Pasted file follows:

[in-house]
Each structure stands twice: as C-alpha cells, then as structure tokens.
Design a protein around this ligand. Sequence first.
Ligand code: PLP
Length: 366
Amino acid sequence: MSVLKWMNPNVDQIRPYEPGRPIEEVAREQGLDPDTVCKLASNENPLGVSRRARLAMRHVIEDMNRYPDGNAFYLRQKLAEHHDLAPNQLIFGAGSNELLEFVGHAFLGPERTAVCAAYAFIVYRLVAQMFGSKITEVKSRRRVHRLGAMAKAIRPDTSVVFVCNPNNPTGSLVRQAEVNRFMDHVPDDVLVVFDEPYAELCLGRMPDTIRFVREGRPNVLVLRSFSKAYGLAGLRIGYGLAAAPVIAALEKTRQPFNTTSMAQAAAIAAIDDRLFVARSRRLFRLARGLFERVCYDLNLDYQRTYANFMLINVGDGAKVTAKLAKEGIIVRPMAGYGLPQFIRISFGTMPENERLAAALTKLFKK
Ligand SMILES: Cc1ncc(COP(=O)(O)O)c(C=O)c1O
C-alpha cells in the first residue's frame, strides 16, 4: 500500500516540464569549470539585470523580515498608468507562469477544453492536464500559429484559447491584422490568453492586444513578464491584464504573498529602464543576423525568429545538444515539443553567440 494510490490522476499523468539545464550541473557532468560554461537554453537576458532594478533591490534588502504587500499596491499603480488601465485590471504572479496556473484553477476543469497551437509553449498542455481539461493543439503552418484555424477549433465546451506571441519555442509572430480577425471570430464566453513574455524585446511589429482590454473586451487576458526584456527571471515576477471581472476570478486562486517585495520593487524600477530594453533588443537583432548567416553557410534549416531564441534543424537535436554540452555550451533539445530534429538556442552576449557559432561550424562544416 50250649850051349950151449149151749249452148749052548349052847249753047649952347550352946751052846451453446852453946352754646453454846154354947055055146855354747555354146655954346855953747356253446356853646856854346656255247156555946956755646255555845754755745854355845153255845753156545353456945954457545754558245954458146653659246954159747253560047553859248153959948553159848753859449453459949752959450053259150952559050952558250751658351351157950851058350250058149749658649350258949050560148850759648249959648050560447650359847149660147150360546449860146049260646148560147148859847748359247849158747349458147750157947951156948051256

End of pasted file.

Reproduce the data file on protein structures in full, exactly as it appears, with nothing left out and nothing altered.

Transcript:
[in-house]
Each structure stands twice: as C-alpha cells, then as structure tokens.
Design a protein around this ligand. Sequence first.
Ligand code: PLP
Length: 366
Amino acid sequence: MSVLKWMNPNVDQIRPYEPGRPIEEVAREQGLDPDTVCKLASNENPLGVSRRARLAMRHVIEDMNRYPDGNAFYLRQKLAEHHDLAPNQLIFGAGSNELLEFVGHAFLGPERTAVCAAYAFIVYRLVAQMFGSKITEVKSRRRVHRLGAMAKAIRPDTSVVFVCNPNNPTGSLVRQAEVNRFMDHVPDDVLVVFDEPYAELCLGRMPDTIRFVREGRPNVLVLRSFSKAYGLAGLRIGYGLAAAPVIAALEKTRQPFNTTSMAQAAAIAAIDDRLFVARSRRLFRLARGLFERVCYDLNLDYQRTYANFMLINVGDGAKVTAKLAKEGIIVRPMAGYGLPQFIRISFGTMPENERLAAALTKLFKK
Ligand SMILES: Cc1ncc(COP(=O)(O)O)c(C=O)c1O
C-alpha cells in the first residue's frame, strides 16, 4: 500500500516540464569549470539585470523580515498608468507562469477544453492536464500559429484559447491584422490568453492586444513578464491584464504573498529602464543576423525568429545538444515539443553567440 494510490490522476499523468539545464550541473557532468560554461537554453537576458532594478533591490534588502504587500499596491499603480488601465485590471504572479496556473484553477476543469497551437509553449498542455481539461493543439503552418484555424477549433465546451506571441519555442509572430480577425471570430464566453513574455524585446511589429482590454473586451487576458526584456527571471515576477471581472476570478486562486517585495520593487524600477530594453533588443537583432548567416553557410534549416531564441534543424537535436554540452555550451533539445530534429538556442552576449557559432561550424562544416 50250649850051349950151449149151749249452148749052548349052847249753047649952347550352946751052846451453446852453946352754646453454846154354947055055146855354747555354146655954346855953747356253446356853646856854346656255247156555946956755646255555845754755745854355845153255845753156545353456945954457545754558245954458146653659246954159747253560047553859248153959948553159848753859449453459949752959450053259150952559050952558250751658351351157950851058350250058149749658649350258949050560148850759648249959648050560447650359847149660147150360546449860146049260646148560147148859847748359247849158747349458147750157947951156948051256